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E2347. Medical Student Dictation Program: Bringing the Radiology Rotation into the 21st Century
Authors
  1. Matthew Kluckman; Brook Army Medical Center
  2. Rutger Gunther; Brook Army Medical Center
  3. Francis Cloran; Brook Army Medical Center
Objective:
The traditional medical student and off-service resident radiology rotation is a hands off experience. We recently implemented a quality improvement project whereby rotators were provided with access to dictate live cases and function as a contributing member of the radiology team. The objective is to improve rotator engagement with the radiology rotation, to attract talented medical students to the radiology specialty, and to foster improved learning during the rotation.

Materials and Methods:
This ongoing study is being conducted as a prospective crossover trial. Rotators select up to four radiologic specialties with one week on each. Rotators are randomized to spend half of their time in a traditional observer-role and half of their time as a dictating team member. After dictating one or more exams, the student approaches a resident to "sign-out" their cases. The resident reviews the cases, takes ownership of the dictation, and forwards it to the staff for review. Students take a pre-and-post rotation survey and up to four pre-and-post rotation tests using full Digital Imaging and Communications in Medicine (DICOM) datasets. Surveys measure engagement, interest in radiology, and reputation of the radiologic specialty. Each knowledge based test consists of 16-20 multiple choice questions related to 4-6 cases. The change in score between the pre-test and post-test is compared between the observation rotations and the dictation rotations. Survey and test result significance is determined using a paired, two tailed T-test.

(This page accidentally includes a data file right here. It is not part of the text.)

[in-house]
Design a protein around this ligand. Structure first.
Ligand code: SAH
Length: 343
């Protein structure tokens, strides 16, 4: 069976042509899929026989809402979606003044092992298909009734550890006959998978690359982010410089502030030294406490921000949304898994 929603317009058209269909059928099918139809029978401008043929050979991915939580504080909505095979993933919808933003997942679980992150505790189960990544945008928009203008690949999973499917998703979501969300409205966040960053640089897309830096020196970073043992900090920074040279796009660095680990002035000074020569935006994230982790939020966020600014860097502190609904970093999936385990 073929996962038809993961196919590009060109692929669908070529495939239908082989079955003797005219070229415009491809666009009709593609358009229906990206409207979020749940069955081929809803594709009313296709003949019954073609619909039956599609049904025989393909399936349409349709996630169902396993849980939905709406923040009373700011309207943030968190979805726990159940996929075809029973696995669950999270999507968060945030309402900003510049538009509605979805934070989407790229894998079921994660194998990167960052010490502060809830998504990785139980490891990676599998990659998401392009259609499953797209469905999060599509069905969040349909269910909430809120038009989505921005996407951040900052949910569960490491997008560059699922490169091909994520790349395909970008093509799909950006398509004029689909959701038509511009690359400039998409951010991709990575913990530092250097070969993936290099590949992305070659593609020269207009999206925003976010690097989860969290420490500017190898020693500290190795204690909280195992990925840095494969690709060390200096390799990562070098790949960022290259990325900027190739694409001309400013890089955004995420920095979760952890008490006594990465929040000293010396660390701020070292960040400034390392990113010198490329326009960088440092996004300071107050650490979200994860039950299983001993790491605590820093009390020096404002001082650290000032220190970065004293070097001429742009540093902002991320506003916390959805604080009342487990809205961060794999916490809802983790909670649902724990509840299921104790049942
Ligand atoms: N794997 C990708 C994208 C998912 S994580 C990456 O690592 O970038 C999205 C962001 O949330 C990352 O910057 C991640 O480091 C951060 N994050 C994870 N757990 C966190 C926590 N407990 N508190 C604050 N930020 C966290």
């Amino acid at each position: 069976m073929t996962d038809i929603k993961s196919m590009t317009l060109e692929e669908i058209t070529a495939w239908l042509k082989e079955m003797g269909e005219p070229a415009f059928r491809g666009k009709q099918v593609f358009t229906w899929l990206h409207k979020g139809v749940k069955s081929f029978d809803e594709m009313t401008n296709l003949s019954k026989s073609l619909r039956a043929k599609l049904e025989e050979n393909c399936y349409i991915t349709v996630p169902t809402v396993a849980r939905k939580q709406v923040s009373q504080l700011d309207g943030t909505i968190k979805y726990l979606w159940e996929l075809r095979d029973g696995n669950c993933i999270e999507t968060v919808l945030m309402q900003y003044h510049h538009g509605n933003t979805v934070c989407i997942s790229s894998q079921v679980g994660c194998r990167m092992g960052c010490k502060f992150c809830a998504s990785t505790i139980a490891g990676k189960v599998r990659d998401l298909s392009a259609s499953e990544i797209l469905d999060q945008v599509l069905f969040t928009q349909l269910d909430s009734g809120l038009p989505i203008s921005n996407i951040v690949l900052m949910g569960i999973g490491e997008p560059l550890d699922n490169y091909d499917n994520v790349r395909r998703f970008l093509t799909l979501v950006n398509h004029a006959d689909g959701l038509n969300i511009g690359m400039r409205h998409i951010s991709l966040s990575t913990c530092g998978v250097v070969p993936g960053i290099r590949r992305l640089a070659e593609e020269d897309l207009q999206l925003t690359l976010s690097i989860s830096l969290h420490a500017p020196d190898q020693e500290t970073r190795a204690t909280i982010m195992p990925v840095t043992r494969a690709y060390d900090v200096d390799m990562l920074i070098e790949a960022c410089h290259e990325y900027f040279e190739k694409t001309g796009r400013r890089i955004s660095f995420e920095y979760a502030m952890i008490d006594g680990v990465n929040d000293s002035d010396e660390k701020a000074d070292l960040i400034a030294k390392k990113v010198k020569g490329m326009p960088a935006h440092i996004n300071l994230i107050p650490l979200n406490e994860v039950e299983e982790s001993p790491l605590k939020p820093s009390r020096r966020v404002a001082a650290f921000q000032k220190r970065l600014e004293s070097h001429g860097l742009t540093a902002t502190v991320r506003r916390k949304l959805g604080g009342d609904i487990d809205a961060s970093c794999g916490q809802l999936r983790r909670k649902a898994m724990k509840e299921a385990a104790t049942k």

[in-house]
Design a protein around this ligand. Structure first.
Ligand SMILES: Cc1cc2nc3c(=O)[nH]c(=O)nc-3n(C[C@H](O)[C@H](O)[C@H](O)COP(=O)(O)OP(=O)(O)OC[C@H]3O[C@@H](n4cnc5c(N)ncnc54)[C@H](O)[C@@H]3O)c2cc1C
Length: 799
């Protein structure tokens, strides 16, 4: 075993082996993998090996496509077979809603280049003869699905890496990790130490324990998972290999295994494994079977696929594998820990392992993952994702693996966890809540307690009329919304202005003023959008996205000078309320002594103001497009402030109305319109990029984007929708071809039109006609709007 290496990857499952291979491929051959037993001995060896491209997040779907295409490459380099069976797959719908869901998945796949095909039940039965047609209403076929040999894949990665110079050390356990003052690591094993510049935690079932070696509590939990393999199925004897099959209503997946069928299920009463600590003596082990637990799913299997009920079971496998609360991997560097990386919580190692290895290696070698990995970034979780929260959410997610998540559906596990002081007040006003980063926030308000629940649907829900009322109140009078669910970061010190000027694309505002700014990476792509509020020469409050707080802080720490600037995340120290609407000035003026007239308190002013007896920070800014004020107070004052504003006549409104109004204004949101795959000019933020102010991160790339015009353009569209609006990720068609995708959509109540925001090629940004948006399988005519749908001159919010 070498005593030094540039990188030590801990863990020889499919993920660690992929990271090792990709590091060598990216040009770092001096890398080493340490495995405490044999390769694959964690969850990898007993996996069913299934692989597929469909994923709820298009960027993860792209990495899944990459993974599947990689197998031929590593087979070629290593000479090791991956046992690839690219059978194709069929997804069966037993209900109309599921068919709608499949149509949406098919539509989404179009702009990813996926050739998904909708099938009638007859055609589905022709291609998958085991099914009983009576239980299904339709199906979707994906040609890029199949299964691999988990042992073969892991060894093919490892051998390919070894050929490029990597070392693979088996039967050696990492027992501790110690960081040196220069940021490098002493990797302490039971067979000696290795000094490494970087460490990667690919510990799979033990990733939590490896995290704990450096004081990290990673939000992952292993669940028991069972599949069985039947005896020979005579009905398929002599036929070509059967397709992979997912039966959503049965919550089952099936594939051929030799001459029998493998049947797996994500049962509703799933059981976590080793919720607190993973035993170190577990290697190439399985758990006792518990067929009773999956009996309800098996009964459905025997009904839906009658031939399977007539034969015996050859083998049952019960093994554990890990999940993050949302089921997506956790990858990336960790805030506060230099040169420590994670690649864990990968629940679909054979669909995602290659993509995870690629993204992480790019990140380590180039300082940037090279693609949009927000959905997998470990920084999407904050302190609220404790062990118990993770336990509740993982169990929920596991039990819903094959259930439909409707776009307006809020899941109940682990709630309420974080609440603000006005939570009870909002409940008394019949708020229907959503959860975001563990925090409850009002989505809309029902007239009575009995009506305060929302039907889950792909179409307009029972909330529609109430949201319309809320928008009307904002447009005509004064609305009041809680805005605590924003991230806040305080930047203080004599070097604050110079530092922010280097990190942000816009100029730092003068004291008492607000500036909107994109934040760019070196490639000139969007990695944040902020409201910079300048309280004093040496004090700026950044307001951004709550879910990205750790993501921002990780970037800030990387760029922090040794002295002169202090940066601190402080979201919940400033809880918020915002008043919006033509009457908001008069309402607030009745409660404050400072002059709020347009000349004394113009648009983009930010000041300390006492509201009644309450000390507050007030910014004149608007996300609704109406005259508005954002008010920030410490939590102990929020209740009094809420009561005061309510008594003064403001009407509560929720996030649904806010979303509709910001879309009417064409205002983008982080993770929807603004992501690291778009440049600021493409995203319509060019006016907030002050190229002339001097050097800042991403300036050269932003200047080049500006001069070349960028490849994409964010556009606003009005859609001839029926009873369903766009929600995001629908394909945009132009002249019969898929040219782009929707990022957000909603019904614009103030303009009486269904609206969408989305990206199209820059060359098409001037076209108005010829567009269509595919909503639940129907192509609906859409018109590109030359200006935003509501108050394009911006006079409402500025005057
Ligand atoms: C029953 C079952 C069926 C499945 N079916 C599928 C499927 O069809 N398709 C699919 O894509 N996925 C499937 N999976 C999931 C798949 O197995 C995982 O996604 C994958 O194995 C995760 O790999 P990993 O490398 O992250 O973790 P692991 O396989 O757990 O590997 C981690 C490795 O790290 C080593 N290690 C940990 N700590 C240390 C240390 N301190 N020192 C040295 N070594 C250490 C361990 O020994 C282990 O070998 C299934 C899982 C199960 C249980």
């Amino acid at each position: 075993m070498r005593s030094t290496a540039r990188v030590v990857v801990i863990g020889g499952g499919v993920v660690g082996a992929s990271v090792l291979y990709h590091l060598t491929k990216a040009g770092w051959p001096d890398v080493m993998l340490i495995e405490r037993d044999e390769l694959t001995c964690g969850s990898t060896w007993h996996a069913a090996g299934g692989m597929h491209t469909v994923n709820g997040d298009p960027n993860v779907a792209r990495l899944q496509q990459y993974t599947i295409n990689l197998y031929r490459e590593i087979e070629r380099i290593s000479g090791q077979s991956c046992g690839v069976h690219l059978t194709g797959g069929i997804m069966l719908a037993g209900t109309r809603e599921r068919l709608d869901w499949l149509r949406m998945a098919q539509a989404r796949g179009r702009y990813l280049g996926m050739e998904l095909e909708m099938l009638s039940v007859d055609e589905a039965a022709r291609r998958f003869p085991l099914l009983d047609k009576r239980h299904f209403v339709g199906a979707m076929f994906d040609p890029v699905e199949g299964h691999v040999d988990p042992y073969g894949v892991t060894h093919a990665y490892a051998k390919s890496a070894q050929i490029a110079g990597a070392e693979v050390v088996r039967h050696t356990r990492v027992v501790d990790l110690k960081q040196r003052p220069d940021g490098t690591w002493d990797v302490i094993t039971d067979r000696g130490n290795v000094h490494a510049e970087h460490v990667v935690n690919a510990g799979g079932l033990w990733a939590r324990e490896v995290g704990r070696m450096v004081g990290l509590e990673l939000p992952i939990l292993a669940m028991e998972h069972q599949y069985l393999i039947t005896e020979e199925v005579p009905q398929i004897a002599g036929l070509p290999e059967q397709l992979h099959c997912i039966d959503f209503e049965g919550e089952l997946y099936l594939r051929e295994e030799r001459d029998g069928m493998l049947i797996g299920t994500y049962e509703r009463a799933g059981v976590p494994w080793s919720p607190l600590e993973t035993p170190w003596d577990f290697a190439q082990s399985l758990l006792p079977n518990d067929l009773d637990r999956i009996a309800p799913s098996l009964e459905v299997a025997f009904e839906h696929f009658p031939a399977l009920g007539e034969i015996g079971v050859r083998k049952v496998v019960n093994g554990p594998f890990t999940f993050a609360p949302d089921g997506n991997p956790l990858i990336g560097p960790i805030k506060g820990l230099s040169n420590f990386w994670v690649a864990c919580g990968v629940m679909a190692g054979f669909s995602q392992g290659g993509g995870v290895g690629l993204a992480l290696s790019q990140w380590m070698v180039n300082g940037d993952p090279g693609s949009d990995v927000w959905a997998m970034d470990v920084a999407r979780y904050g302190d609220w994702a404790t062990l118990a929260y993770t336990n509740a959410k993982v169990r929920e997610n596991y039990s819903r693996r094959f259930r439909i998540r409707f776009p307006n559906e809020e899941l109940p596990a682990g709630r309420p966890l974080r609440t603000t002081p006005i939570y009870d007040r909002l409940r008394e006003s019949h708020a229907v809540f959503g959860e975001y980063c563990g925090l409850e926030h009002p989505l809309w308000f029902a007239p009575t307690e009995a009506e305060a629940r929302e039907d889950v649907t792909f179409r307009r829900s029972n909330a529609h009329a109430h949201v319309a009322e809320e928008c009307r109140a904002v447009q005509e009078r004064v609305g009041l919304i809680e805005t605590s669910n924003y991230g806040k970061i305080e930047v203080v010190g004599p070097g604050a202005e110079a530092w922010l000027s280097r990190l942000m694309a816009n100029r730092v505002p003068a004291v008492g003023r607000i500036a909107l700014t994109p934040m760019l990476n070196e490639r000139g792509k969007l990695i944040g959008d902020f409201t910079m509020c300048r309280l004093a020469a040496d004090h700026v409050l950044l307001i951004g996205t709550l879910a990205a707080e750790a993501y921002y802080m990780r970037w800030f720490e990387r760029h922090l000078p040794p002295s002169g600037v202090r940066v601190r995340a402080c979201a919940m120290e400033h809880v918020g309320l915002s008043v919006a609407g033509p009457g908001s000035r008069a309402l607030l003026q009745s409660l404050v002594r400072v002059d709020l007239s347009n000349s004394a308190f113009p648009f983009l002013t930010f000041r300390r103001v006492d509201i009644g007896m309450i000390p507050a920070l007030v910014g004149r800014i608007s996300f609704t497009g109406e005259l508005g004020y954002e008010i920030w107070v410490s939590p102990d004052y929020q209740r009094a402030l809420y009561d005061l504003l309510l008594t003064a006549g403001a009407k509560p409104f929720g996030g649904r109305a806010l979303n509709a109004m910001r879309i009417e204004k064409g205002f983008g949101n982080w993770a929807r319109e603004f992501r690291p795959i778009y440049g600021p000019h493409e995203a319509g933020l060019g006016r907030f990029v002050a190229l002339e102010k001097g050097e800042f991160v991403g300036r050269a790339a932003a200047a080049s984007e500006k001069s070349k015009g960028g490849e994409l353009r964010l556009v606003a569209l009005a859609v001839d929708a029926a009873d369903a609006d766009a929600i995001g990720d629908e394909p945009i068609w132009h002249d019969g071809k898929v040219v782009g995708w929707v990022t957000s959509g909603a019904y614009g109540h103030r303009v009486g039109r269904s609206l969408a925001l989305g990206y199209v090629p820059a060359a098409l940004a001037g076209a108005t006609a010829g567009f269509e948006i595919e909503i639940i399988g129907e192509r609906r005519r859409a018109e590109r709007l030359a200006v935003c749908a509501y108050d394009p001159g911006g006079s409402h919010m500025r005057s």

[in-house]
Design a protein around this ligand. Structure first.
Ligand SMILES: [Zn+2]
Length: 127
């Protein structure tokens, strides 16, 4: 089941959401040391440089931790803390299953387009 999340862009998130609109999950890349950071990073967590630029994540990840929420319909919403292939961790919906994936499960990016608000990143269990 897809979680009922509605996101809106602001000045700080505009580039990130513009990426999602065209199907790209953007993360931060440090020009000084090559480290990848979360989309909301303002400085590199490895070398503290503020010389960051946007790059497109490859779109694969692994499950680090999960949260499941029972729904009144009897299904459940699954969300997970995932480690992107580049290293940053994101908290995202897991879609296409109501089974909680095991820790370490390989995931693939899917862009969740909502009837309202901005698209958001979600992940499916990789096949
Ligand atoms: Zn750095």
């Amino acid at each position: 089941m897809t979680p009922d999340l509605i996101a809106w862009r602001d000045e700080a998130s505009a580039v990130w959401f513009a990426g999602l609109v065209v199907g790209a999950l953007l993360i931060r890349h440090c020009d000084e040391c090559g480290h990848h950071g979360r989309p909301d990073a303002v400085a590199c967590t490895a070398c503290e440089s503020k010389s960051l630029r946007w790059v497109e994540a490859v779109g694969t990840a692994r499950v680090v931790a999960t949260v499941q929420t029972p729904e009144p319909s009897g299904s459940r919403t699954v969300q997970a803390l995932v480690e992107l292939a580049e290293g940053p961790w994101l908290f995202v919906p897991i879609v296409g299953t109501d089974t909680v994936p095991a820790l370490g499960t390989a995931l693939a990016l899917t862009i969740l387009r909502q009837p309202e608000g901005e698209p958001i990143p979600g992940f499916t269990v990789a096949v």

Results:
Ten rotators were examined in the quality improvement trial period with 7 students and 3 physician rotators. These rotators generated a total of 10 survey pairs and 25 separate pre-and-post test pairs. The average student age was 26.7 years with 71% male and 29% female. The average physician rotator age was 28.3, with 66.7% male and 33.3% female. Average student engagement Likert rating was 3.9 out of 5 for observation and 4.5 out of 5 for dictation (P-value of 0.04). Average pooled student and physician rotator engagement Likert rating was 3.9 out of 5 for observation and 4.5 out of 5 for dictation (P-value of 0.02). Average student rotation score improvement was 3.6 points out of 100 for observation rotations and 11.3 points out of 100 for dictation rotations. (P-value of 0.28).

Conclusion:
This ambitious project integrates student rotators into the daily radiology workflow to bring their experience in line with other medical clerkships. Even with a small initial cohort of students examined over the course of one month, there is a statistically significant improvement in engagement when rotators are welcomed as participating members of the radiology team. Early objective test results are promising, but more data is needed to achieve significance. An additional benefit of this program is the ability for residents to gain experience "staffing" more junior members of the team by reviewing medical student dictations. Because each case is signed out to a resident, the final report is also quality controlled prior to being sent to a staff radiologist.